It is most definitely copper wire. So I'm assuming I could safely move to an 80 amp breaker, but not a 90?

    It's not highly likely that I'll be in the shop, with the heat on, sawing with the vacuum on while the tub is running full blast, but you never know. I usually shut the vacuum off, due to the noise, when the saw isn't in use.

    If it looks too close to call, I can always run it to my main panel instead, it's just a little more of a hassle. If my numbers look right, though, then I think I can swing this on an 80a breaker. Please let me know what you think.

    Thanks again! I appreciate the feedback!

  4. #4
    Join Date
    Dec 2003
    Kent, WA


    If this is copper wire, you have 85A ampacity. You are allowed to round up to a 90A breaker as long as the load calculates to 85A or less. So your call as to whether you want an 80A or 90A breaker (80A would be safer).

    The largest motor is tough to call. It may be included in the hot tub nameplate if that is where you got the 46A. Otherwise, its your saw. And for this amp value, you have to use the applied voltage (120V). So 25% of 13A is 3.25A, and this gets added to you amp total. You don't do another 25% increase (125% is the same as adding 25% of the largest motor). The only thing that is 125% is continuous loads (defined as full load for 3 hours or more), and you typically don't have many those in residential calculations.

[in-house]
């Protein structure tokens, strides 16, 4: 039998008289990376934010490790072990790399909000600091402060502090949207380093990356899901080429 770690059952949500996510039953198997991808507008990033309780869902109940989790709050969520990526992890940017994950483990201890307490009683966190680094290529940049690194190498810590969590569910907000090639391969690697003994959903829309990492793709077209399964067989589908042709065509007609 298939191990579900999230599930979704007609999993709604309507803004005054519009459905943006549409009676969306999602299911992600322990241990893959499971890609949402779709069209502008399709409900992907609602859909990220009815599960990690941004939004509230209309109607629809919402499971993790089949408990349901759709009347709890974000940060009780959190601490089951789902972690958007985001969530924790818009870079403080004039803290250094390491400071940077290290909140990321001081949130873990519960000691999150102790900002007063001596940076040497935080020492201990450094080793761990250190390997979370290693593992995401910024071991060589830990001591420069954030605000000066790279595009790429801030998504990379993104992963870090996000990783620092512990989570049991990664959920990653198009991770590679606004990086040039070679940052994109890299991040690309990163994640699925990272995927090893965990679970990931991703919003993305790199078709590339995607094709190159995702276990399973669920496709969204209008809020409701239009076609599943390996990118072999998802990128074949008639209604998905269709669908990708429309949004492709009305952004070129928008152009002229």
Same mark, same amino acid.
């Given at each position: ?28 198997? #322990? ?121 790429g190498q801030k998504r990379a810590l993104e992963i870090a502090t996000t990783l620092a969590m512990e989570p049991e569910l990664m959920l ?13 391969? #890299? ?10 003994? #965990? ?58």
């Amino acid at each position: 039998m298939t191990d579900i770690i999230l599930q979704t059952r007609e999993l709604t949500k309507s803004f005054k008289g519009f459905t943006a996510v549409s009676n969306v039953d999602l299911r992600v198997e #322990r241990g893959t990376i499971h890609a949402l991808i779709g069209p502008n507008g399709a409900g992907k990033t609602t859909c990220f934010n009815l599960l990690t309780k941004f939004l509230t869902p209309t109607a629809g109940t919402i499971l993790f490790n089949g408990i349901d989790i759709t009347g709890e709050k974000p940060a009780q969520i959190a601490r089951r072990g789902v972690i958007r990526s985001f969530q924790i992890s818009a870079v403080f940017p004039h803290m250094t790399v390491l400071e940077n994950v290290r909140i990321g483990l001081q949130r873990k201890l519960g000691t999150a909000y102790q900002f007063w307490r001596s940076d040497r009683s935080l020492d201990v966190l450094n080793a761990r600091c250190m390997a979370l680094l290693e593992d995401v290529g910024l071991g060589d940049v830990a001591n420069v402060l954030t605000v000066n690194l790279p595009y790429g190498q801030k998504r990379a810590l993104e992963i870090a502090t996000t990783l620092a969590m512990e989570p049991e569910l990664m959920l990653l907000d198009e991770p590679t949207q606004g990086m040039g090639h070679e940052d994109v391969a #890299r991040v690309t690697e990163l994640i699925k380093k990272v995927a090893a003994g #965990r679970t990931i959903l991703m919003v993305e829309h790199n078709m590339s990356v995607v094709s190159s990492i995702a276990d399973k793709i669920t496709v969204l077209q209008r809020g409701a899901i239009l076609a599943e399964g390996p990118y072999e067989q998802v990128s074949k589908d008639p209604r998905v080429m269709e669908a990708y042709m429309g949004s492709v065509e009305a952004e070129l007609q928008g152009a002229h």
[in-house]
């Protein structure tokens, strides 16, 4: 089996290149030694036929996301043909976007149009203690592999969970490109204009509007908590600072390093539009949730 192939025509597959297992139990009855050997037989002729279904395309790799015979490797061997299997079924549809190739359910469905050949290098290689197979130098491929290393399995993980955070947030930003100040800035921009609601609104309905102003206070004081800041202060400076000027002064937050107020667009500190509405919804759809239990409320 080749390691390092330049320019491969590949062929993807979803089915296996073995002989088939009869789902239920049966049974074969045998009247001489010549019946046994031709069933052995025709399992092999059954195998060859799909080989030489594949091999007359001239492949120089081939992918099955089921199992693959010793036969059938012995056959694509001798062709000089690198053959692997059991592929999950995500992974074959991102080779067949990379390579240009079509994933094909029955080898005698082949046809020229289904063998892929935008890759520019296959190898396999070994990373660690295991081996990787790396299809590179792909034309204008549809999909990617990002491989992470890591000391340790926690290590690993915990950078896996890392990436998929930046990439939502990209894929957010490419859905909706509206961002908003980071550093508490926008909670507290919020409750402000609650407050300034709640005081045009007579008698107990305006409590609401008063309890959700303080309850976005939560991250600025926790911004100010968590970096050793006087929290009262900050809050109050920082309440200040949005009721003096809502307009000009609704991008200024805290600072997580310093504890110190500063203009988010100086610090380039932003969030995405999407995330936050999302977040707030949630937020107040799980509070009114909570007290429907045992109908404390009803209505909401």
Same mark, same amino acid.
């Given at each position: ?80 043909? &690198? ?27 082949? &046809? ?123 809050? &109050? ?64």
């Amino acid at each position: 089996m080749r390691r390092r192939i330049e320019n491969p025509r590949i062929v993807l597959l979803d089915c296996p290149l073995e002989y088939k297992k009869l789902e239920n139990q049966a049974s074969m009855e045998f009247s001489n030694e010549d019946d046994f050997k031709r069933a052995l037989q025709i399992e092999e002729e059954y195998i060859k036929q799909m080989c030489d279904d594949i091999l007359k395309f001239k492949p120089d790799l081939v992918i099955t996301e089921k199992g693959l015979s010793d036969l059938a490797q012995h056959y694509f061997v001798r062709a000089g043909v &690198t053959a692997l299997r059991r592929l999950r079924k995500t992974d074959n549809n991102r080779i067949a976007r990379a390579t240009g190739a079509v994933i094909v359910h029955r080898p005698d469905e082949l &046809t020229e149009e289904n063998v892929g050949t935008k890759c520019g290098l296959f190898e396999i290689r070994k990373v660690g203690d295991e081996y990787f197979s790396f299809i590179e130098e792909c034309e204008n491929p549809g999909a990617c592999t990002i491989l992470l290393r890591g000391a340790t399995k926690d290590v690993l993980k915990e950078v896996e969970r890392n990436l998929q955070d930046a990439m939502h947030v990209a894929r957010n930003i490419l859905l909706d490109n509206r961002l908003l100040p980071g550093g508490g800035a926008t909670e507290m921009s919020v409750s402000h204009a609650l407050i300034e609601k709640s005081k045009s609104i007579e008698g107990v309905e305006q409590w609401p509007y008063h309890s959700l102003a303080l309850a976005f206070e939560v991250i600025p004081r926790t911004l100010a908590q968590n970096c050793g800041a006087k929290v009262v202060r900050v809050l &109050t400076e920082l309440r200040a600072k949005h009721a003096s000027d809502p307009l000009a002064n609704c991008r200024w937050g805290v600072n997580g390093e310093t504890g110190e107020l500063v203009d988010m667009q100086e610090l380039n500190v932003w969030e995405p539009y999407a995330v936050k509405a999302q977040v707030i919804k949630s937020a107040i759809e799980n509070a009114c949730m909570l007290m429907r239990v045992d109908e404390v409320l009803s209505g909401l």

So I think your load calculation is around 75 amps. An 80A or 90A breaker should work just fine.
    Kent, WA

  5. #5


    I think I will stick with the 80 amp breaker. I'd rather err on the safe side.

    Worst case, and the 80 amp breaker trips. If that happens, this particular spa can be re-configured, with jumpers to function at 40, 50 or 60 amp, which corresponds to 25a, 35a, or 46a total loads, according to the specs. With those jumpers in place, the spa onboard logic tells the spa not to run the heater when the jet pumps are running.

    Thanks for taking the time to help me with this. Your expertise is greatly appreciated.